Emma Smith, owner of The Lady Luck in St Peter's Street, Canterbury. Picture: Emma Smith
Emma Smith, owner of The Lady Luck in St Peter's Street, Canterbury. Picture: Emma Smith

‘It was the perfect place to open my pub’

Emma Smith, 42, moved to Canterbury from London in 2009 to open her high street pub The Lady Luck.

She had studied in the city in the ‘90s, and remembered it as “vibrant, diverse and exciting”.

“What I really love about Canterbury isn’t just the fact that there’s a huge amount going on in the city,” she explained. “It’s that the people who live here seem very encouraging and supportive when they find something that they like and appreciate.

“The Lady Luck has a large number of the most fantastically loyal and generous customers. I feel genuinely humbled at what a safe and welcoming place Canterbury is, and I’ve tried to establish that same sense of welcome into The Lady Luck.”

The Lady Luck in St Peter's Street, Canterbury. Picture: Google Street View
The Lady Luck in St Peter's Street, Canterbury. Picture: Google Street View

Emma says she can see why so many people still choose to move here from London.

“Canterbury is amazingly located not just for London but also for the really beautiful Kent coastline and countryside,” she said.

“But it’s the feel of the city too: if you walk through the town centre on any day you can feel a warmth in the air, even in the depths of winter!

“Canterbury genuinely feels like a very safe city. It's also really beautiful. We have some amazing parks.

“There are some amazing shops, bars and restaurants here too. I feel so proud that The Lady Luck has been a part of Canterbury’s cultural quarter for so long.”

When asked if she would ever consider moving back to London, she responded: “Absolutely never! Why would I? I have everything I need here.”

Chris Cornell, Labour Canterbury city councillor for Gorrell ward. Picture: Chris Cornell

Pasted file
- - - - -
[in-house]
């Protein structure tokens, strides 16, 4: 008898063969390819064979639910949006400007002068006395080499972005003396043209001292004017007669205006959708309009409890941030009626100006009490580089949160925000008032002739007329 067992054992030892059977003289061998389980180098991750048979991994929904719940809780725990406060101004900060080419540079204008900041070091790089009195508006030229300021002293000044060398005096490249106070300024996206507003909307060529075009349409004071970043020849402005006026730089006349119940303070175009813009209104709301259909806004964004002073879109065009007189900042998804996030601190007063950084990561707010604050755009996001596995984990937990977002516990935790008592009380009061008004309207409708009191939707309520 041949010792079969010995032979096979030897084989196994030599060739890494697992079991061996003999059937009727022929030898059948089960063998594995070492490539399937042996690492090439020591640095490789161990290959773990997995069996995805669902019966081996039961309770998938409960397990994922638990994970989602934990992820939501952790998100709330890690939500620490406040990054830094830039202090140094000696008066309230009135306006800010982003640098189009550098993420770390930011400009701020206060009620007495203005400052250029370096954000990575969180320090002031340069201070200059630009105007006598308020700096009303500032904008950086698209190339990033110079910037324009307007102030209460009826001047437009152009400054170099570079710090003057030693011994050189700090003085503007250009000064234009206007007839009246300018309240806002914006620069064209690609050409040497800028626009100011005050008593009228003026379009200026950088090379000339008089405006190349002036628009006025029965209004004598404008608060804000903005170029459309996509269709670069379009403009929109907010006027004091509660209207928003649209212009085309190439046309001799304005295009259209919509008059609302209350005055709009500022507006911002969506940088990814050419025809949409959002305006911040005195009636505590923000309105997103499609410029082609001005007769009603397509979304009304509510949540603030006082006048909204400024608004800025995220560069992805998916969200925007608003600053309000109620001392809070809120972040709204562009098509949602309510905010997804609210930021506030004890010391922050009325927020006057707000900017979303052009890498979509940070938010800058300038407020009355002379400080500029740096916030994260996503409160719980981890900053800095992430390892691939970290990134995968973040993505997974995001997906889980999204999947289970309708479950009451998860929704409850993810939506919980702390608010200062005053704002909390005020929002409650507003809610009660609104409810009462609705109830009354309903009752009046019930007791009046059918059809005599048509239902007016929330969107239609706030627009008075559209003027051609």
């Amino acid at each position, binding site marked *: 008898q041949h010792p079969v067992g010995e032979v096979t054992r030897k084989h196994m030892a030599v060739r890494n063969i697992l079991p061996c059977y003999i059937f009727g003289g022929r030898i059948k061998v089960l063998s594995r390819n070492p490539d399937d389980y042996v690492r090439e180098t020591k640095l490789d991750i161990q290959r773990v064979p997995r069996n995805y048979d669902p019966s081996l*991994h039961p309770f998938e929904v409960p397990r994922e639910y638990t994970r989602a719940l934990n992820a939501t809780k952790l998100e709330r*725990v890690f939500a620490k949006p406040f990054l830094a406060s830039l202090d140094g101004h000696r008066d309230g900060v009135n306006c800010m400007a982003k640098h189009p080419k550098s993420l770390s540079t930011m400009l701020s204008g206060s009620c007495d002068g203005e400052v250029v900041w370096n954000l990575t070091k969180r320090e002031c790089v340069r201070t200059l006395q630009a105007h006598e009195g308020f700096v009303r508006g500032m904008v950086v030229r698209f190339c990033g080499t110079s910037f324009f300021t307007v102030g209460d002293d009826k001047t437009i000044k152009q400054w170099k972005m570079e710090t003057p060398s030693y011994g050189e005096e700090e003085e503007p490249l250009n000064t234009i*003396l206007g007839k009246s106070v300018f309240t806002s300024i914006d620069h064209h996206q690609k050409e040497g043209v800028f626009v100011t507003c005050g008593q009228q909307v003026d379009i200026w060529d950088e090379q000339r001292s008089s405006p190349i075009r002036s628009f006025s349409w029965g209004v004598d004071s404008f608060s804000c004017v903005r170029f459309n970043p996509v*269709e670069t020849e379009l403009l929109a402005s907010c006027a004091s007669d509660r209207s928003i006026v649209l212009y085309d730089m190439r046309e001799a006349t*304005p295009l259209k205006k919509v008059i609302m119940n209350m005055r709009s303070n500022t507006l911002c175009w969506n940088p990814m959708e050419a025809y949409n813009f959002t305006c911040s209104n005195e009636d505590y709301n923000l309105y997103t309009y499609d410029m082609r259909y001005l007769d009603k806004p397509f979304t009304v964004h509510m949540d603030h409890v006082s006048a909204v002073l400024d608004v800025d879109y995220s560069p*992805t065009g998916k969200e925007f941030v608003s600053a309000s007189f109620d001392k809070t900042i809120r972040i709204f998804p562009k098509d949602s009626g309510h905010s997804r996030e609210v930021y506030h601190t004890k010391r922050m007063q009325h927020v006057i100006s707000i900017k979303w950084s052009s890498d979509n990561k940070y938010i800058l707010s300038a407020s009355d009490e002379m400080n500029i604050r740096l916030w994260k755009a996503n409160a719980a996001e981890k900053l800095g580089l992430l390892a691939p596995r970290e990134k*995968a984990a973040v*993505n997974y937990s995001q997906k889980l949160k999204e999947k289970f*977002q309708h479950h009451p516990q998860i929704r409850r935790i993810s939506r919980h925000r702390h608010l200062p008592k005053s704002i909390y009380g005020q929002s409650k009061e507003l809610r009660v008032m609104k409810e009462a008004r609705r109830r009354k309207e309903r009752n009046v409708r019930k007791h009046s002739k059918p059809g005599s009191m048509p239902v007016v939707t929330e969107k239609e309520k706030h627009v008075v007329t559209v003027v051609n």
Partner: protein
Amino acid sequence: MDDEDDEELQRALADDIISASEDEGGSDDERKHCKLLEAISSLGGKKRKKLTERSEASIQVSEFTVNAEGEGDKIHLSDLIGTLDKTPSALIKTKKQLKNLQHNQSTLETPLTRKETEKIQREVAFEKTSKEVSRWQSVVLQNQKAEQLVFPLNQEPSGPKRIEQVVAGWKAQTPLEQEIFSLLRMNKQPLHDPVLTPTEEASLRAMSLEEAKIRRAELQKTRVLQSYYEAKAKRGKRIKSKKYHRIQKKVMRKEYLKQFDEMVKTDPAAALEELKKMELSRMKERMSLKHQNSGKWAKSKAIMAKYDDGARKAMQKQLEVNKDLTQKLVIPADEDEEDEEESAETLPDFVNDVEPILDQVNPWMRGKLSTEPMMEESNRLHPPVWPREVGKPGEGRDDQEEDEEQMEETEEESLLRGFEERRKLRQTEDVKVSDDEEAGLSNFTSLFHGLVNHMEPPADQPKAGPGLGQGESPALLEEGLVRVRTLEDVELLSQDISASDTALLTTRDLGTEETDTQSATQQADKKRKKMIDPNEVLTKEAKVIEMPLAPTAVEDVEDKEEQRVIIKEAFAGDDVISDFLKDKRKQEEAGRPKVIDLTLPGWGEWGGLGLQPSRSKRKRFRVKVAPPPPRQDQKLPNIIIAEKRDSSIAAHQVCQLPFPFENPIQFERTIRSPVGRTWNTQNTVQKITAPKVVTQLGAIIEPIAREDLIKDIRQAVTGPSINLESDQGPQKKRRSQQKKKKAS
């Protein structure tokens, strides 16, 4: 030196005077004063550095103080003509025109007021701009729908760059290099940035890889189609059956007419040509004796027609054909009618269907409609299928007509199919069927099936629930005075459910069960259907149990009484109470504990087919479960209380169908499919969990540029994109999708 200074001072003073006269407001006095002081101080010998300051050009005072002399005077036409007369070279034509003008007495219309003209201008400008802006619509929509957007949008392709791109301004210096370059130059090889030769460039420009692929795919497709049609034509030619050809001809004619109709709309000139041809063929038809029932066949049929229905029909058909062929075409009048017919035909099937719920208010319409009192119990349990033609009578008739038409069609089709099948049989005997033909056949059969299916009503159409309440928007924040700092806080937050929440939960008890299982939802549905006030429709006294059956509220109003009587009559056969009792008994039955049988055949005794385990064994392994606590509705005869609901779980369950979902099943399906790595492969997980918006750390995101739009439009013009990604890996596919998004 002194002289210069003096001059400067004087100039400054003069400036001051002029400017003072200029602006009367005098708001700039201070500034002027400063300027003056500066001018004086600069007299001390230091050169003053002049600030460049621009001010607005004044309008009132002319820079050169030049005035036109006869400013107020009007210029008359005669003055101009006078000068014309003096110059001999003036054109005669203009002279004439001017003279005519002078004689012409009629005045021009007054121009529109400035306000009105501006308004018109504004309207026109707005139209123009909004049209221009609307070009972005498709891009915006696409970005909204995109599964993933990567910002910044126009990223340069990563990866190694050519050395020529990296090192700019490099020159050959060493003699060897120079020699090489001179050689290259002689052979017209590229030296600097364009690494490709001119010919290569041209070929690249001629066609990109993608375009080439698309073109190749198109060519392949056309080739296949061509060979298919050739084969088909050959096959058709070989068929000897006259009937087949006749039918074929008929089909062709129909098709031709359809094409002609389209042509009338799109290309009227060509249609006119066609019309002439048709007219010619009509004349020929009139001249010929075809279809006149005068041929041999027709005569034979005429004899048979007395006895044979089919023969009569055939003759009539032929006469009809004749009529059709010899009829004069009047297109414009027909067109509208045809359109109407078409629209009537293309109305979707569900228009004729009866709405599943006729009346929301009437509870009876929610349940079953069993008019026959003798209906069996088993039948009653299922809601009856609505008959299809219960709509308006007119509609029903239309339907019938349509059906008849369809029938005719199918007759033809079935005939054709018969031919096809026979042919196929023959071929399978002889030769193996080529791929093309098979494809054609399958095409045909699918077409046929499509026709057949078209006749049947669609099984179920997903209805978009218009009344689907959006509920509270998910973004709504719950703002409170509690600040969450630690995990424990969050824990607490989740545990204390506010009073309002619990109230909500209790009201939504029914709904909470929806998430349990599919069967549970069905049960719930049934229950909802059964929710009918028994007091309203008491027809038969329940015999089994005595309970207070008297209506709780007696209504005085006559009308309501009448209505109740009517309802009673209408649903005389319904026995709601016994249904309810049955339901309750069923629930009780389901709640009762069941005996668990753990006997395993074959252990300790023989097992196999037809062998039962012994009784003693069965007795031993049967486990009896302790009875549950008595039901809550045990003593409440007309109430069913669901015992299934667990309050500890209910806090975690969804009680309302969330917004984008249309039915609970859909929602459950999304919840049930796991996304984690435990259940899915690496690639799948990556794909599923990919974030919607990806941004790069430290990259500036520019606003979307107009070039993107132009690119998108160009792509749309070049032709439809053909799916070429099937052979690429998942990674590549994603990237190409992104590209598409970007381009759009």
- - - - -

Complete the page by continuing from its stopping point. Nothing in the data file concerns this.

Chris Cornell, Labour Canterbury city councillor for Gorrell ward. Picture: Chris Cornell

‘We love the countryside and community spirit’

City councillor Chris Cornell lives in Whitstable with his wife and children.

Having relocated there from Peterborough, he praises the town’s sense of community spirit. “I was raised in London but moved to Whitstable 12 years ago,” he said.

“I’ve never known [or] lived in a community where people care so passionately about where they live and are so willing to share their skills and talents to make it great.

“It’s got such a wide range of fantastic countryside for the kids to explore, is a stone’s throw from London if you want to see a show and, whatever you hear, is welcoming to all.”

An aerial view of Whitstable harbour and seafront. Picture: Martin Apps
An aerial view of Whitstable harbour and seafront. Picture: Martin Apps

‘We can see the stars and enjoy a calmer pace of life’

Rachel Carnac is deputy leader of Canterbury City Council.

After decades spent living in east London, she and her husband moved to Herne Bay nearly five years ago and have never looked back.

“London is a great city and I enjoyed the 30-odd years I lived there after moving there in the mid-80s to go to university,” she explained.

“But the pace of life is something I found harder as I got older, particularly the twice-daily battle to get on the tube!”

Canterbury city councillor Rachel Carnac
Canterbury city councillor Rachel Carnac

They moved as Mrs Carnac’s husband - who grew up by the sea - prepared to retire, and Mrs Carnac realised she could work from home or commute to London a couple of times a week.

Having herself grown up in the countryside, they had always planned to retire to the coast. “We’ve not really looked back since we moved,” she said.

“The very first thing that struck us here was the quiet and darkness at night. We can see stars and hear the dawn chorus!

“The other major thing is the community spirit, safety and friendliness. In London, you don’t make eye contact and you walk quickly and with purpose!

“Here, everyone says hello and there’s a real feeling that people look out for each other.

“During the pandemic, there has been a lot of support in our community for each other.”